European strategic sovereignty needs to address the future of the transatlantic alliance and NATO, and demand answers to uncomfortable questions. Germany and Europe share values and interests as well as defence policies with the US. But the Trump administration treats Europe as a vassal at best, even a rival. Europe must rethink the division of labour within the transatlantic alliance. If Europe wants the United States to treat it as an equal partner, it must act appropriately. This means putting the continent in geopolitical order, integrating European military capabilities through synergies, and becoming a player that can act independently when needed but closely linked to the United States.
The EU must ask what division of labour is needed for networked European foreign policy. Germany, France, and their EU partners must jointly develop strategic thinking and action. This exercise must extend across the board – to governments and parliaments, armies and ministries, political parties and citizens. The Greens should ensure that their concerns and reservations, especially about military intervention, are heard loud and clear and factored into the decisions. A common European security culture means accepting differences. France’s nuclear weapons will not disappear overnight, neither will they simply be made available to France’s European partners. They will remain under French command. Macron has already announced his intention to discuss France’s nuclear arsenal with Germany. What does this debate demand from the Greens?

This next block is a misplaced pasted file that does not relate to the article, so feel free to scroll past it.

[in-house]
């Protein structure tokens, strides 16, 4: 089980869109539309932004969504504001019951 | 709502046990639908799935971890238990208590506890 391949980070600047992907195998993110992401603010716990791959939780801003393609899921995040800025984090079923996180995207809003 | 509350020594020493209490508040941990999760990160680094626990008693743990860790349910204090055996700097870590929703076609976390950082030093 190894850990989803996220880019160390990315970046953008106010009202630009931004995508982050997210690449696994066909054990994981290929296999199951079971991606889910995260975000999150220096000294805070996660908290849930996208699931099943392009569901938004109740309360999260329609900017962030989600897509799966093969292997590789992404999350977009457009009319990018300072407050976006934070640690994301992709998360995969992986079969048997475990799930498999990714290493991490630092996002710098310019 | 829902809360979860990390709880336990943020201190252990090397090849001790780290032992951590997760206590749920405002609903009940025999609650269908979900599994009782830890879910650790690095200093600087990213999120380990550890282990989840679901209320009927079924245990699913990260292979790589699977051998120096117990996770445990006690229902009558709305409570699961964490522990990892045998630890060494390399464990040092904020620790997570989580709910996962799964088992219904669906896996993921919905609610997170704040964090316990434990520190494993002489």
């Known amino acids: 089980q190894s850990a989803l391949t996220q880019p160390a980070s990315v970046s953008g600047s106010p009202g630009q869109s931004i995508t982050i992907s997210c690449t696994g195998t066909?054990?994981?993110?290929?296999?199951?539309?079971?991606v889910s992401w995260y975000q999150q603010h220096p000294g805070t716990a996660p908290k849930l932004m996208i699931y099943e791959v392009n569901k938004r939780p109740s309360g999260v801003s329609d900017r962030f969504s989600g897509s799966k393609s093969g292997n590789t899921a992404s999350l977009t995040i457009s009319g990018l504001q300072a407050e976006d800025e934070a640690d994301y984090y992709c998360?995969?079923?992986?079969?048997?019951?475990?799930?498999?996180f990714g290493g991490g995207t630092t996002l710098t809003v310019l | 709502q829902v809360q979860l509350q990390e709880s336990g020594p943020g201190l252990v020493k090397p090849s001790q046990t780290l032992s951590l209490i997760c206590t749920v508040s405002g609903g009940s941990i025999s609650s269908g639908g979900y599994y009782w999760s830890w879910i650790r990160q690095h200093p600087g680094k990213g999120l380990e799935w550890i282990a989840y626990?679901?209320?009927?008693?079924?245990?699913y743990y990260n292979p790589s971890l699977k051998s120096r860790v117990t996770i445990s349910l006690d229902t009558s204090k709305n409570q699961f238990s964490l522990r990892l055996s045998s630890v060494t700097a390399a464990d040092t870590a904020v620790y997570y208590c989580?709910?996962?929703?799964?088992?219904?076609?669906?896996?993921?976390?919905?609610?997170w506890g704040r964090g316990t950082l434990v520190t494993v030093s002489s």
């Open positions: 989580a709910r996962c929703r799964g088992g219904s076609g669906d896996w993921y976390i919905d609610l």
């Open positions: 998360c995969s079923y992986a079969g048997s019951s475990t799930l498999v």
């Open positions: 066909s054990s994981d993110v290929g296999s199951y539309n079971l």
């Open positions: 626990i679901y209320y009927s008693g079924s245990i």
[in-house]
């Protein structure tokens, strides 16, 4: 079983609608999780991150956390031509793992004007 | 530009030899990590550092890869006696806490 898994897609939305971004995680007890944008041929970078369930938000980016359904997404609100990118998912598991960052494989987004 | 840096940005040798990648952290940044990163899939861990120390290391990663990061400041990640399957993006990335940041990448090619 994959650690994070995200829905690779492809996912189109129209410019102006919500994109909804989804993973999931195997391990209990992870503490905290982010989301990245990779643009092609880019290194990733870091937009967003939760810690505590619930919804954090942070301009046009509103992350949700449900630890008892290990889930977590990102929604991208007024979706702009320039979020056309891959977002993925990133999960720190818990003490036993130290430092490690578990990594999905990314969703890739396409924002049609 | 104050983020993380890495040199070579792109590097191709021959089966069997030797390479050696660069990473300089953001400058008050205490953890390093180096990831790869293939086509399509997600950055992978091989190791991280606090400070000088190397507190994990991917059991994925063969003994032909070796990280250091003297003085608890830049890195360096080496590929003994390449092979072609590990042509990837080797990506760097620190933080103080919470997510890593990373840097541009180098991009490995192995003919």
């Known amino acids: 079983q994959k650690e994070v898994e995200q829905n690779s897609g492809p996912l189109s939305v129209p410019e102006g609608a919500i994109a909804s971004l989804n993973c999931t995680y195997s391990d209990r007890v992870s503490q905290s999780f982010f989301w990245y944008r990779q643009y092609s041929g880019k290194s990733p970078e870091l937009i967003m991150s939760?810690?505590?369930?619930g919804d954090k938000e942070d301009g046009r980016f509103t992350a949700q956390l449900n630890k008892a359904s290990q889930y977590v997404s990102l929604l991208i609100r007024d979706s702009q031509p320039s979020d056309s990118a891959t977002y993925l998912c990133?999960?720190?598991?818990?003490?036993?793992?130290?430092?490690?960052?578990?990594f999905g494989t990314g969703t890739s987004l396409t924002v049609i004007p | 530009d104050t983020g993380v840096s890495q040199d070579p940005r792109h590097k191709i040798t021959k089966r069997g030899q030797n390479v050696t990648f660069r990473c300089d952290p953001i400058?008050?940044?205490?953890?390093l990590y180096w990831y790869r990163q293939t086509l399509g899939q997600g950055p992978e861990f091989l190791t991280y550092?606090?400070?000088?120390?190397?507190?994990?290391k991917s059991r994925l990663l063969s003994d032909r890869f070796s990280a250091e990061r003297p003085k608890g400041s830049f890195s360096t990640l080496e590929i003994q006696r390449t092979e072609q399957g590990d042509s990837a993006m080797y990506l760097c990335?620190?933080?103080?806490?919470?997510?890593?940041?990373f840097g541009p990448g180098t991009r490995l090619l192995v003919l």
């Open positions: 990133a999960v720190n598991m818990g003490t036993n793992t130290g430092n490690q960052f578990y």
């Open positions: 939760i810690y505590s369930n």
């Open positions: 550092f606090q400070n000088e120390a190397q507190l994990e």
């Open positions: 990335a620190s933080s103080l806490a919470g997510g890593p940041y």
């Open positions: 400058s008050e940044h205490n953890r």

That EU member states have fundamentally different views must not prevent them from acting together. Germany cannot achieve anything on its own. But what price will we have to pay to make this integration possible, to pursue a coordinated, powerful, networked European foreign policy, knowing full well that certain Green ideas and premises will not find any resonance and or understanding with some European partners and allies, no matter who is in power?
These times beg the question of how Europe wants to face the world as an independent actor and contribute to its order. It is up to Greens to offer Germany and Europe a concept for this.
The Greens will also be confronted with dilemmas on the use of military force. What military scenarios should we prepare for? For which scenarios do we, as Europeans, want to be able to act independently? How can we prevent repeated violations of international law, or Russia using its veto in the United Nations Security Council to commit war crimes on the ground, as in Syria? How do we escape from this downward spiral into total abandonment of all international law? How do we help to enforce the responsibility to protect?
These questions are extremely difficult, especially for Greens. But to be able to face the challenges of global politics and take responsibility, Greens must tackle them. We live in geopolitically wild times. European security and sovereignty are under completely new conditions, in a global, networked, high-tech world. These times beg the question of how Europe wants to face the world as an independent actor and contribute to its order. It is up to Greens to offer Germany and Europe a concept for this.